Note the use off array() quantifier in first line.


instead of using the brackets use the object operator for example my array based on database object is created like this in a class called DB:

class DB {
private static $_instance = null;
private $_pdo,
        $_error = false,
        $_count = 0;

private function __construct() {
        $this->_pdo = new PDO('mysql:host=' . Config::get('mysql/host') .';dbname=' . Config::get('mysql/db') , Config::get('mysql/username') ,Config::get('mysql/password') );

    } catch(PDOException $e) {
        $this->_error = true;
        $newsMessage = 'Sorry.  Database is off line';
        $pagetitle = 'Teknikal Tim - Database Error';
        $pagedescription = 'Teknikal Tim Database Error page';
        include_once 'dbdown.html.php';
    $headerinc = 'header.html.php';

public static function getInstance() {
    if(!isset(self::$_instance)) {
        self::$_instance = new DB();

    return self::$_instance;


    public function query($sql, $params = array()) {
    $this->_error = false;
    if($this->_query = $this->_pdo->prepare($sql)) {
    $x = 1;
        if(count($params)) {
        foreach($params as $param){
            $this->_query->bindValue($x, $param);
    if($this->_query->execute()) {

        $this->_results = $this->_query->fetchAll(PDO::FETCH_OBJ);
        $this->_count = $this->_query->rowCount();


        $this->_error = true;

    return $this;

public function action($action, $table, $where = array()) {
    if(count($where) ===3) {
        $operators = array('=', '>', '<', '>=', '<=');

        $field      = $where[0];
        $operator   = $where[1];
        $value      = $where[2];

        if(in_array($operator, $operators)) {
            $sql = "{$action} FROM {$table} WHERE {$field} = ?";

            if(!$this->query($sql, array($value))->error()) {
            return $this;

    return false;

    public function get($table, $where) {
    return $this->action('SELECT *', $table, $where);

public function results() {
    return $this->_results;

public function first() {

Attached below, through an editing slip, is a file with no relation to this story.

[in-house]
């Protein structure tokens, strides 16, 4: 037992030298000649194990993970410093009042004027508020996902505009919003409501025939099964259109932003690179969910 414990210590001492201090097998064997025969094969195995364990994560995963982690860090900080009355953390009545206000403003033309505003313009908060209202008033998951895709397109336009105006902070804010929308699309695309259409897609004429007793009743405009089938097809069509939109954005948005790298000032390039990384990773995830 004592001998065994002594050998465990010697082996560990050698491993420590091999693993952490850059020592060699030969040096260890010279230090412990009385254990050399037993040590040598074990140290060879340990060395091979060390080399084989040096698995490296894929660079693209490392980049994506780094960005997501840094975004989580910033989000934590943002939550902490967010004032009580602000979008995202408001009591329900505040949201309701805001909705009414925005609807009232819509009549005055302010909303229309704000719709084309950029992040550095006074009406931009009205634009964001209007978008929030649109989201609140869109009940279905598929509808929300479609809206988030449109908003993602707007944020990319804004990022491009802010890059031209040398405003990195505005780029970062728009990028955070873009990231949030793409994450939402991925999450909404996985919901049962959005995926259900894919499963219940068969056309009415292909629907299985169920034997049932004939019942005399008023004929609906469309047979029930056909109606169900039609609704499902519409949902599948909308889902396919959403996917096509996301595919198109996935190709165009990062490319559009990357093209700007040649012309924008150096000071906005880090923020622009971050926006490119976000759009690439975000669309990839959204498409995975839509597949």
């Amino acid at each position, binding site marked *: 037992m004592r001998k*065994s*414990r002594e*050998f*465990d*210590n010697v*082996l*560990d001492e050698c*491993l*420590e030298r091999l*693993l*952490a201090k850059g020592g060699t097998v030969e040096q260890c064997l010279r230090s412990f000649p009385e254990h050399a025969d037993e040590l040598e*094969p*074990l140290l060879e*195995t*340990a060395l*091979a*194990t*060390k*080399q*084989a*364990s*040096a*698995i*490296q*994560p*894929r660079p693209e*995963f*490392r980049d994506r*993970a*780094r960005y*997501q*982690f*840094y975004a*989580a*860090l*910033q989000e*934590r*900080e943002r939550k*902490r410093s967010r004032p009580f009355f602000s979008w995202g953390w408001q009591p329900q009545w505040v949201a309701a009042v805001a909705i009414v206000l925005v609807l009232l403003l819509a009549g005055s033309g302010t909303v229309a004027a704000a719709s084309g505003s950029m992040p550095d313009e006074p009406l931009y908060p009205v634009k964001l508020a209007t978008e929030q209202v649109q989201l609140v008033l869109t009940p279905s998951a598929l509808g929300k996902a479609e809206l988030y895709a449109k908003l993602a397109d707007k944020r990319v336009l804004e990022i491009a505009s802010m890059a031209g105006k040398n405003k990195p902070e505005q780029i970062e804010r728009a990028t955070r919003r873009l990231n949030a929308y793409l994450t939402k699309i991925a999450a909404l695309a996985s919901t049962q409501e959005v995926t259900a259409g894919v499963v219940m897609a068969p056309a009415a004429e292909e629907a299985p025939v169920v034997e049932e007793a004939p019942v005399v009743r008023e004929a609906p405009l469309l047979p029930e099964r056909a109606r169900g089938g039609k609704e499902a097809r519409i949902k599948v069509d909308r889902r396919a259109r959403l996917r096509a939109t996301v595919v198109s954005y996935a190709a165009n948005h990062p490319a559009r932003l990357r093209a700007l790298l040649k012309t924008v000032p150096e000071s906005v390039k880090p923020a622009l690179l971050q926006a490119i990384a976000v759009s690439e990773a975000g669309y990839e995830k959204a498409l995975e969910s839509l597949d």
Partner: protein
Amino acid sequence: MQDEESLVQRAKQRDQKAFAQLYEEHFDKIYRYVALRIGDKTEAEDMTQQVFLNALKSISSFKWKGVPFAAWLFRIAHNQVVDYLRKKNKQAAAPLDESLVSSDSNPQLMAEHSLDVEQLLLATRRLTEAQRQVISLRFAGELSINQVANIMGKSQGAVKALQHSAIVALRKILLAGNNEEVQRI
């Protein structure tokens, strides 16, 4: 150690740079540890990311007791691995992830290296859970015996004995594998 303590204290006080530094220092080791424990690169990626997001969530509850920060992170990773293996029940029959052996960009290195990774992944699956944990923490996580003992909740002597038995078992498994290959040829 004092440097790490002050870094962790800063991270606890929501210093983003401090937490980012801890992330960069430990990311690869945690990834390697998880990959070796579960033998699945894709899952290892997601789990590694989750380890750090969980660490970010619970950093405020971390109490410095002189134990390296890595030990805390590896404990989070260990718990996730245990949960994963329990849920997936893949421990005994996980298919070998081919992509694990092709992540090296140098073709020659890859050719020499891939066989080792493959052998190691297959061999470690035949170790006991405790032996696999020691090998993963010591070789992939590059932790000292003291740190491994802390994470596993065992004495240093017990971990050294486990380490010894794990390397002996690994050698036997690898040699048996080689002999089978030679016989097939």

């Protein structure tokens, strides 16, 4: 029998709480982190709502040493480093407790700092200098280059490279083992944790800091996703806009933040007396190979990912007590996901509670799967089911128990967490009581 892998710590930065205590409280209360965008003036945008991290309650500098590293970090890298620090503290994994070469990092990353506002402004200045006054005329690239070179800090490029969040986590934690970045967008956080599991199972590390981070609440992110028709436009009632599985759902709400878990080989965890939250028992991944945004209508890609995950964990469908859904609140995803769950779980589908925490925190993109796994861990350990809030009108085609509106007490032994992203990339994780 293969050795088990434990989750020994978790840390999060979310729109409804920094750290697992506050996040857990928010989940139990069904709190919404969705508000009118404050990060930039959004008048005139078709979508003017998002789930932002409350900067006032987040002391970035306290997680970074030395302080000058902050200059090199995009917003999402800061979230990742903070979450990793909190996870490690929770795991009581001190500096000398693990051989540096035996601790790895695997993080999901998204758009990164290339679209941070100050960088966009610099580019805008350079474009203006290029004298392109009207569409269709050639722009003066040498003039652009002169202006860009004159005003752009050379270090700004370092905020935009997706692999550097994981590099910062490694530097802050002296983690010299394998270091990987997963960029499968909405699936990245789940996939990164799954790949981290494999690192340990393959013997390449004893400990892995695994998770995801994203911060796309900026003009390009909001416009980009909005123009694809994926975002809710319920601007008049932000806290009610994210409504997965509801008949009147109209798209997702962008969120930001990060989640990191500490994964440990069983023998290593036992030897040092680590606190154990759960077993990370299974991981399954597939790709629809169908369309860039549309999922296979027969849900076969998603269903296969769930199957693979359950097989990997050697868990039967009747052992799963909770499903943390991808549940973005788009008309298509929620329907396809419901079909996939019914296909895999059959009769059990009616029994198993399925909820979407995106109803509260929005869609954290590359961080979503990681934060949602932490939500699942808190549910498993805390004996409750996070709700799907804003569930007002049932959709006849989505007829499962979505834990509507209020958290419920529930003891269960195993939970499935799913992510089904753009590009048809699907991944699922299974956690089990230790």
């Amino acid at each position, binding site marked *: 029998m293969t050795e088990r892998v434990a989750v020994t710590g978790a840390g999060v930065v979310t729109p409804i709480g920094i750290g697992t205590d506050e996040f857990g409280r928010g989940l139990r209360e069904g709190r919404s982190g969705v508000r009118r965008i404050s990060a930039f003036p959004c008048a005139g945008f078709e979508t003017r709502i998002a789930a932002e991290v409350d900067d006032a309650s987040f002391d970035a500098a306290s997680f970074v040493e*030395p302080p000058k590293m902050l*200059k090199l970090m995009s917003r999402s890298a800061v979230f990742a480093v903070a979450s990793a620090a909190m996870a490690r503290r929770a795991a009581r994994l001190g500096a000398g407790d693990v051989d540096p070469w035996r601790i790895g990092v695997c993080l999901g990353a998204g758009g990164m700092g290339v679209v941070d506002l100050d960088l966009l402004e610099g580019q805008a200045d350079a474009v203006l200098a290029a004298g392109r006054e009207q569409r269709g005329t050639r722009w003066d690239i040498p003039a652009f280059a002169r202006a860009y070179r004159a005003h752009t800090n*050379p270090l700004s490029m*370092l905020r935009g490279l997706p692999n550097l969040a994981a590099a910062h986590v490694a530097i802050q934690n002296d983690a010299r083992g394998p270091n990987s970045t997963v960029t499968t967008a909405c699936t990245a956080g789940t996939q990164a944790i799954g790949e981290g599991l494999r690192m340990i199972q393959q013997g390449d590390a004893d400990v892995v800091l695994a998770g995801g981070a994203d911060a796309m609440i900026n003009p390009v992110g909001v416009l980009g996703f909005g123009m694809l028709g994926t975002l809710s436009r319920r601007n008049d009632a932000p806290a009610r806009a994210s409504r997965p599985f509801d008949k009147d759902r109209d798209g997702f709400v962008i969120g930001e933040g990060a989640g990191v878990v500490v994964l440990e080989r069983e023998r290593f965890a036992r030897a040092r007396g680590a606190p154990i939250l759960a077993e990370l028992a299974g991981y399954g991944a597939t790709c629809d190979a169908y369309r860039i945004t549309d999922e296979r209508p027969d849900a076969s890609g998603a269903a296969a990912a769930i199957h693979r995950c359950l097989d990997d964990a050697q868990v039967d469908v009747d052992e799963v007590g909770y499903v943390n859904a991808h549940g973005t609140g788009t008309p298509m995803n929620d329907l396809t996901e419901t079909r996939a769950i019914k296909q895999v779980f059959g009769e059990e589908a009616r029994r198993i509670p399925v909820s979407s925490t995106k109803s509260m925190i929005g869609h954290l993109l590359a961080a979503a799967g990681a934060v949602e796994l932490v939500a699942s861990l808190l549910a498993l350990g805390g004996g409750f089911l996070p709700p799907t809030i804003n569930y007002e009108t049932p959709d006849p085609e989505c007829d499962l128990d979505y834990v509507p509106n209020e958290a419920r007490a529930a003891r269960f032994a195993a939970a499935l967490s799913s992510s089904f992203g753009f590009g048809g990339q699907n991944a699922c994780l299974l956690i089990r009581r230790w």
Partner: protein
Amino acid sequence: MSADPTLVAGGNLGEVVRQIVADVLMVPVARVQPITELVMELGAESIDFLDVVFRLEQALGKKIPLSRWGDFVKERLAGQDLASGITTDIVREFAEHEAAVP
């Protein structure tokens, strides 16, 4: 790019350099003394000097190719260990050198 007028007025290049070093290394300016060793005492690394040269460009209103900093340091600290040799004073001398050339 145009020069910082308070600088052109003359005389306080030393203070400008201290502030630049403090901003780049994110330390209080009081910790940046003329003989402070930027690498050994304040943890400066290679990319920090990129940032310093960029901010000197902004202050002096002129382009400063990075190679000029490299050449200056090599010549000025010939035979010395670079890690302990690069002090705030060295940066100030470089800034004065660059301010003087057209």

return $this->_results[0];

public function count() {
    return $this->_count;


to access the information I use this code on the controller script:

$pagetitle = 'Teknikal Tim - Service Call Reservation';
$pagedescription = 'Teknikal Tim Sevice Call Reservation Page';
require_once $_SERVER['DOCUMENT_ROOT'] .'/core/init.php';
$newsMessage = 'temp message';

$servicecallsdb = DB::getInstance()->get('tt_service_calls', array('UserID',

if(!$servicecallsdb) {
// $servicecalls[] = array('ID'=>'','ServiceCallDescription'=>'No Service Calls');
} else {
$servicecalls = $servicecallsdb->results();
include 'servicecalls.html.php';


then to display the information I check to see if servicecalls has been set and has a count greater than 0 remember it's not an array I am referencing so I access the records with the object operator "->" like this:

<?php include $_SERVER['DOCUMENT_ROOT'] .'/includes/header.html.php';?>
<!--Main content-->
<div id="mainholder"> <!-- div so that page footer can have a minum height from the
  header -->
<h1><?php if(isset($pagetitle)) htmlout($pagetitle);?></h1>
if (isset($servicecalls)) {
if (count ($servicecalls) > 0){
     foreach ($servicecalls as $servicecall) {
        echo '<a href="/servicecalls/?servicecall=' .$servicecall->ID .'">'
  .$servicecall->ServiceCallDescription .'</a>';
}else echo 'No service Calls';


<a href="/servicecalls/?new=true">Raise New Service Call</a>
</div> <!-- Main content end-->
<?php include $_SERVER['DOCUMENT_ROOT'] .'/includes/footer.html.php'; ?>
  • What a long answer to a simple question. Sep 6, 2020 at 16:18

It is most likely when it tries to access the data with the generic bracket array accessor and not an object operator. Always ensure the variable type is before accessing the data.

While decoding the JSON, the response will be generated as stdObject instances

Rather than calling $result['context'];, access it by $result->context;

If it needs to call as an array itself, decode the JSON by passing the second parameter as true like

json_decode($jsonData, true);

Change it for

  • Do you mean mysqli_result::fetch_array? That seems irrelevant to the question. Sep 6, 2020 at 16:17

Not the answer you're looking for? Browse other questions tagged or ask your own question.